Voting values without understanding who God is (or by ignoring  the full revelation of who He is) leads to catastrophic errors.

A values voting statement from Protestant Christian leaders :

“A state that once again rules in God’s name can count not only on our applause but also on enthusiastic and active cooperation from the church.

“With joy and thanks we see how this new state rejects blasphemy, attacks immorality, promotes discipline and order with a firm hand, demands awe before God, works to keep marriage sacred and our youth spiritually instructed, brings honor back to fathers of families, ensures that love of people and nation is no longer mocked, but burns in a thousand hearts. …

“We can only plead with our fellow worshipers to do what they can to help these new productive forces in our land reach a complete and unimpeded victory.”

Sounds familiar doesn’t it?

I changed one telling word in that quote from the Lutheran bishopric: nation. The original was fatherland. The quote is part of a 1933 Easter statement in support of the values of the new ruling party within Germany.

Yes, it’s a cheap shot. But it’s also a telling one. When Christians get too caught up in pick-and-choose values preservation and restoration, while at the same time losing touch with the wider set of values found in God the Source, catastrophes happen. When we let values grow greater than sources, disaster is near. When we let a small set of values overrule other values, especially if those overruled are in truth the most important values of all, then we open the door for unimaginable error.

It seems clear to us today that the Christians of 1930s Germany should have seen all the warnings signs. However, they choose to ignore them because those values that should have signaled a warning were ignored in favor of other values. Many in the German Church did not go back to God the Source, which should have led them to reject the politics and ideals of a party that looked good on the surface but which was evil underneath. We simply cannot forget how easy it is to follow in those same mistaken footsteps.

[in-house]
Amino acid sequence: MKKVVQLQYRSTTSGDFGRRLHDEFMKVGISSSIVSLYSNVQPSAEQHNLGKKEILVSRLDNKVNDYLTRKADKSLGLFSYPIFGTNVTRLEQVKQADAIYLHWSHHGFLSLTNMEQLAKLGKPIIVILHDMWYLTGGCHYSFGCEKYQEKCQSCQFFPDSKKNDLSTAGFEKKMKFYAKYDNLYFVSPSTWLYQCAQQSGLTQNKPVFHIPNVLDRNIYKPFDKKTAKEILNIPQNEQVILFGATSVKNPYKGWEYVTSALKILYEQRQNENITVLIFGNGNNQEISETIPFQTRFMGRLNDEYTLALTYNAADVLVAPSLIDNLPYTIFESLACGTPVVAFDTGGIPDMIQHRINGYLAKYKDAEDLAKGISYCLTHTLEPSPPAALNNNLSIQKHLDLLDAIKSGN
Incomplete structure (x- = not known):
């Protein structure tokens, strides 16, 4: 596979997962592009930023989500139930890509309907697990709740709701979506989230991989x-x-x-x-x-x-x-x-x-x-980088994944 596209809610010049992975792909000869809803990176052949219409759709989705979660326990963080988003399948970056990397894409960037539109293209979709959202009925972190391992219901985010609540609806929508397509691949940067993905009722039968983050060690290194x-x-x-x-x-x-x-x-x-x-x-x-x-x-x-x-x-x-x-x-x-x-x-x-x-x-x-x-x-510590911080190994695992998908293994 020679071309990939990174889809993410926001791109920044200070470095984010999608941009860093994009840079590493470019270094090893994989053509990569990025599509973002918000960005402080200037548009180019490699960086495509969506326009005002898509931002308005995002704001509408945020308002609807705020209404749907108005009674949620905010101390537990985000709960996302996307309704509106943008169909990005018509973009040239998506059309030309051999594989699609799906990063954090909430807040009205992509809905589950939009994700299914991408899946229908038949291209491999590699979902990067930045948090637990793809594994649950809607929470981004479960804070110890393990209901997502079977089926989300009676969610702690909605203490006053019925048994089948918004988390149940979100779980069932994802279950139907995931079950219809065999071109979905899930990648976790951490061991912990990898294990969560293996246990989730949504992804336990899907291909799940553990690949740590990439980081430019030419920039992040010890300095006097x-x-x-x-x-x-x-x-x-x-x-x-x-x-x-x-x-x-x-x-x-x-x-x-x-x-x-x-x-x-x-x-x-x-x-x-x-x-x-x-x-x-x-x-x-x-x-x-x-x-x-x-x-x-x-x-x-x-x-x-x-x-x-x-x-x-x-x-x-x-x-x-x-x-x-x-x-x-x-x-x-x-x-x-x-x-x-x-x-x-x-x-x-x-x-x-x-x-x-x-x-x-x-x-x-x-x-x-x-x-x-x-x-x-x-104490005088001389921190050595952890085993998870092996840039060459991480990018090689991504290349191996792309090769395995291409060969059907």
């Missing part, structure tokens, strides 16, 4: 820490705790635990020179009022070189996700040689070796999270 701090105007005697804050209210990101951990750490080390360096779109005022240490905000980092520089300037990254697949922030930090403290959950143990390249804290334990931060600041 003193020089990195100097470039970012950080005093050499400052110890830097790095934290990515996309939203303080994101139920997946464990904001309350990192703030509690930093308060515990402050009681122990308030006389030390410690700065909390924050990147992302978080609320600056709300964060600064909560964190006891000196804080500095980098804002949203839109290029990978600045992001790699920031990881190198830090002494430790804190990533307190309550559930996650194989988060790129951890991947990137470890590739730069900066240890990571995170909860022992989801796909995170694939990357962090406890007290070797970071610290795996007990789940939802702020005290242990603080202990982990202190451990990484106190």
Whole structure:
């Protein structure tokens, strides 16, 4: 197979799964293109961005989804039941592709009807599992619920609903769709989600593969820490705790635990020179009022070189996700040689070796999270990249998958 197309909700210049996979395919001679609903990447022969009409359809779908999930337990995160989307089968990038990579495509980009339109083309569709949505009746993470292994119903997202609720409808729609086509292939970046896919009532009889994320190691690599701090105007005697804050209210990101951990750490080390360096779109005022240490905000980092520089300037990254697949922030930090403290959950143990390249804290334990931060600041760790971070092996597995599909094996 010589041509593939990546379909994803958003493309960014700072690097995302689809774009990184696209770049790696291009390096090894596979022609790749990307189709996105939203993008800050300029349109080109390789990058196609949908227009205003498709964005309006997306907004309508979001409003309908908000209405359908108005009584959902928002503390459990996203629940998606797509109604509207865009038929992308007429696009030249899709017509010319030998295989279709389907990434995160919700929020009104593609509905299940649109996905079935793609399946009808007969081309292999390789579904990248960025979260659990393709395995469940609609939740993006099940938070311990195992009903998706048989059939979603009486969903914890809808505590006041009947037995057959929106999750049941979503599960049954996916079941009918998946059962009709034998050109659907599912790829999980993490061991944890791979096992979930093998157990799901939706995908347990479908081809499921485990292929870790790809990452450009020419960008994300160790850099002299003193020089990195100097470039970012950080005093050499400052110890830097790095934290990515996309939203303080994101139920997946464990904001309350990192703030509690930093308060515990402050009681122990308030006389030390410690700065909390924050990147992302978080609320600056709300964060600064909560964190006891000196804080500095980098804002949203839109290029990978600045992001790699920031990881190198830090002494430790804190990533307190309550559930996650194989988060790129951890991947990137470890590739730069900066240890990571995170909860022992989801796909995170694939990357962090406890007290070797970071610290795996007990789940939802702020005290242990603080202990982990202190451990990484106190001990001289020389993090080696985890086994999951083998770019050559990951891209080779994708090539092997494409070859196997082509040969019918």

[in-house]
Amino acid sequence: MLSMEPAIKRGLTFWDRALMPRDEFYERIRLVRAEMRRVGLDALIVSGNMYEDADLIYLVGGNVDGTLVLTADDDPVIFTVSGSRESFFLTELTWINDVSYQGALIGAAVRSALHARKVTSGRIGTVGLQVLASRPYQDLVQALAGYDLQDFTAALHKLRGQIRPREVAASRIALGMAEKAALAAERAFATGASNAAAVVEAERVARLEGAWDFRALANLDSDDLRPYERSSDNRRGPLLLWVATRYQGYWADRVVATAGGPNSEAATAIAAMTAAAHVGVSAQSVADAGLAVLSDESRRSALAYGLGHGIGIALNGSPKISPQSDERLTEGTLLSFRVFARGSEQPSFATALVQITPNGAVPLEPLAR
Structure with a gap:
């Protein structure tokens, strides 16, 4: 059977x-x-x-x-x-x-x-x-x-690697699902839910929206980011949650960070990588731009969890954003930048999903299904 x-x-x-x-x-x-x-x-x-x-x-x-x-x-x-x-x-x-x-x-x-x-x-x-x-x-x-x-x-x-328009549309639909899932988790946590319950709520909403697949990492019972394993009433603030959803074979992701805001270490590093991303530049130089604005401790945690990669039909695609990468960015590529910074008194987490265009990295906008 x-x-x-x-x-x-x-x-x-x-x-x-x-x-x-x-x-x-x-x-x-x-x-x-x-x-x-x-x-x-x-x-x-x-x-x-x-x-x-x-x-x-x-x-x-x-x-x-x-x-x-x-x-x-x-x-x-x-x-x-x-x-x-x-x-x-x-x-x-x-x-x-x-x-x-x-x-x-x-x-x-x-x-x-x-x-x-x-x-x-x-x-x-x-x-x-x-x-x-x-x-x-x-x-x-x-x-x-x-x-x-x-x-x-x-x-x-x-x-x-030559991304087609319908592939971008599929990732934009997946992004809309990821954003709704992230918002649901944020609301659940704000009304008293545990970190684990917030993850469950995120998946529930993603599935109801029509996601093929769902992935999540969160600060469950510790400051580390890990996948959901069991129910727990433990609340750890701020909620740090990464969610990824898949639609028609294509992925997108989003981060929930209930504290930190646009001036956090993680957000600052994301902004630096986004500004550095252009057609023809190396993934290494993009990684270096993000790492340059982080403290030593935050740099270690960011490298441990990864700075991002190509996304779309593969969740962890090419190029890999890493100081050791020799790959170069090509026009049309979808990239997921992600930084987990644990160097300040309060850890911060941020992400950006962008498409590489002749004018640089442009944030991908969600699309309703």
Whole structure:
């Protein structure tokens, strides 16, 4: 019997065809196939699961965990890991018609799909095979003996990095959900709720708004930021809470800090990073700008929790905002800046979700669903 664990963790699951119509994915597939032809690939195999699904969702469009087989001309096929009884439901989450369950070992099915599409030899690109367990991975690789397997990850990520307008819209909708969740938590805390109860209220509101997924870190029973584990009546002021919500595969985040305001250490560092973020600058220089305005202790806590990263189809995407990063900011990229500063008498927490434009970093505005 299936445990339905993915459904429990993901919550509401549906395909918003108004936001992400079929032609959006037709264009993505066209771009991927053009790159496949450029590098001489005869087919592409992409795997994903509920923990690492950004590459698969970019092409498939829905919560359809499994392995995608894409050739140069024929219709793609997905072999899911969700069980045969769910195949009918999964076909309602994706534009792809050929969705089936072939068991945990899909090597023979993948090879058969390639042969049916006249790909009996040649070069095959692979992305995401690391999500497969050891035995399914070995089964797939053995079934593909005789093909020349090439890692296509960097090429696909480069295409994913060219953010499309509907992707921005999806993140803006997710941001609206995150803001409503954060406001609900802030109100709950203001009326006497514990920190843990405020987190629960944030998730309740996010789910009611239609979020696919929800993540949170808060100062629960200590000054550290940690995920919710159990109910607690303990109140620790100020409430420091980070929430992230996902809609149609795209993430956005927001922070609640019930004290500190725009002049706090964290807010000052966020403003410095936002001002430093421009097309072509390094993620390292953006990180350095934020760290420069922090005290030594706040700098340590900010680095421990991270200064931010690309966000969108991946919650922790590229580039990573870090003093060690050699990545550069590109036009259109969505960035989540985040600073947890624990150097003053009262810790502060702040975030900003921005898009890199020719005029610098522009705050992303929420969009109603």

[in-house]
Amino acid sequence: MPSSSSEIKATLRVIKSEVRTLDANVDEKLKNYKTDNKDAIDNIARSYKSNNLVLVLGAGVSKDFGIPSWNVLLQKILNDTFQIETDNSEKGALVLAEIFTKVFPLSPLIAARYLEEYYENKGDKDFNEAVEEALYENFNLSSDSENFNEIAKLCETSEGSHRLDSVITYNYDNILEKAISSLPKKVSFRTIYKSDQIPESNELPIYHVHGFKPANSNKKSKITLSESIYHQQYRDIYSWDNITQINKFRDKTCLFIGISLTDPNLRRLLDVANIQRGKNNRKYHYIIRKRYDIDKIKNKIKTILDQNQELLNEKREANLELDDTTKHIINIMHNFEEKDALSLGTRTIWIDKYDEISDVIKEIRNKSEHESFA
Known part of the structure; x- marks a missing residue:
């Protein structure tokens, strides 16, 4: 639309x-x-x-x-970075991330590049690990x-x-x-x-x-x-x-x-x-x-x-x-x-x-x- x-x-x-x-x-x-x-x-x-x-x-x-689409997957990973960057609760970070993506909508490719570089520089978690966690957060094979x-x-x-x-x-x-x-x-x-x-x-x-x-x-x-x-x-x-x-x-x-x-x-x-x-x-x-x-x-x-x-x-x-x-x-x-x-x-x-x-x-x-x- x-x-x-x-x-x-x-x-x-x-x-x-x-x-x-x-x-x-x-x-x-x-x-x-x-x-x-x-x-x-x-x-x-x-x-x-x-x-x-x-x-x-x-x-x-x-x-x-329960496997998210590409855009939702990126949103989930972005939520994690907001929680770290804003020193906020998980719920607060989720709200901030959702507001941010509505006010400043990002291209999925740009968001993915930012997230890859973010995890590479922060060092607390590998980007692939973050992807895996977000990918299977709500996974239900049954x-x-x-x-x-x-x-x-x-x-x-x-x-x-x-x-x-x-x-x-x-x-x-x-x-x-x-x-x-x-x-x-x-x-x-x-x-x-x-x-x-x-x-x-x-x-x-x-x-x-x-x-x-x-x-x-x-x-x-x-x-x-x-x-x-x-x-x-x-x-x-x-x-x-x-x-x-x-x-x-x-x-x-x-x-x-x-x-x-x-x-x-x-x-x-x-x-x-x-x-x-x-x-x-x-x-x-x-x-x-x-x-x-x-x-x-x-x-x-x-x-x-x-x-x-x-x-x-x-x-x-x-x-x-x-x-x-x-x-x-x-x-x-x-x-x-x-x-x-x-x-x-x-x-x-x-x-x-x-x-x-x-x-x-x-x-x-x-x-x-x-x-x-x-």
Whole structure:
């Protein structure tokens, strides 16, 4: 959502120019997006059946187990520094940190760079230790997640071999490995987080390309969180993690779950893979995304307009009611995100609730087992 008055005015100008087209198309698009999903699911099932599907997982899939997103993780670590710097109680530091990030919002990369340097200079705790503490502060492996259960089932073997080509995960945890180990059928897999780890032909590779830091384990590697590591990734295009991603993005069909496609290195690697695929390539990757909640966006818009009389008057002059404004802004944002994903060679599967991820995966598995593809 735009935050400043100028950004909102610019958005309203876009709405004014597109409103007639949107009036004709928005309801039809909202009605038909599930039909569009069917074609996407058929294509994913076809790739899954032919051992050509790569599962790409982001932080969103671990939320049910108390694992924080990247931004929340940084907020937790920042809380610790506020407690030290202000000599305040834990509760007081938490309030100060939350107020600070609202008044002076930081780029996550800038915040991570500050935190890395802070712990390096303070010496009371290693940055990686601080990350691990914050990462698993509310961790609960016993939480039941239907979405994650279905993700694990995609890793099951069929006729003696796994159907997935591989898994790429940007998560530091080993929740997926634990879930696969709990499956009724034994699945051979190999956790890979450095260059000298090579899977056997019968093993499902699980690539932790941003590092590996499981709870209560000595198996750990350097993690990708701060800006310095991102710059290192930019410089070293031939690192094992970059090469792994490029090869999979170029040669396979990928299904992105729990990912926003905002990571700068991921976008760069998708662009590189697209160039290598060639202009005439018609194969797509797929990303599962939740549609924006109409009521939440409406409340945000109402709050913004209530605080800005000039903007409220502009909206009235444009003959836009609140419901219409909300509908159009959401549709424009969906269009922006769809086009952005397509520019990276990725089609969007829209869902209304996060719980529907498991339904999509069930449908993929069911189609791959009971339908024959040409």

Values voting leads to strange—and usually undesirable—bedfellows.

Too many Christians in 1930s Germany espoused values that led to their support of  the Nazi Party. Today, limiting our values to a choice set throws Christians into an equally distressing company of bedfellows that are then used to define who we are. When we pick and choose our primary values, when we forget about sources and limit ourselves to values-based ends, we get lumped into all manner of fringe and hate groups. This only furthers the media bias against Christians and fuels opposition. And that opposition is not because of who Jesus is but because we have focused on too small a set of values that allowed us to be labeled by them.

What fellowship has Christ with Belial? Yet persisting in keeping values at the forefront will often lead us into bed with devils if we are not careful, and the wider world will notice without fail.

Values voting closes lost people to the Gospel.

Because we tend to define ourselves by a  limited set of values that do not reflect the wideness of God the Source, the media can more easily label Christians and use those labels to undermine our ability to reach others for Christ. The entirety of the Culture War is nothing but an extension of values voting, and it is a war that we not only lost, but which continues to define us negatively and hurt our ability to reach others for Jesus.

There is a difference between suffering for the sake of a source and losing out because of a limiting value. We confuse the two, though, and perceived losses in values cause those focused on values to bunker deeper in values, which inevitably leads away from resting in the Source. As a result, what truly matters to the Source gets demoted in our belief and practice.  Because we trust values more than the source, we no longer trust the source for outcomes.The journey down the spiral gains further momentum.

It bothers me when Christians sell out some values for the sake of others. By not going back to the two big question of Who is God? and How can He be known?, we force ourselves to compromise some values to promote others. That confused response only further confuses lost people who look to us to maintain truth amid all the lies swirling around us today.

Values voting is an error we cannot commit. It is an ends without a source—or the result of a source easily forgotten or ignored when a limited set of values is made an idol. That the Christian’s source is God alone should ever be before us, and the breadth of Him as Source never forgotten.

Why Christians Cannot Be “Values Voters”


Casting a voteWe have another American election coming soon. If you are a Christian, you are probably well aware of the “this is the most important election in the history of our country” mantra of fear that gets trotted out by various Christian groups every election cycle. We will certainly hear a verse shared most often today in conjunction with politics, 2nd Chronicles 7:14. We will hear about Judeo-Christian values and saving them from whichever evil political party is deemed most diabolical at this time.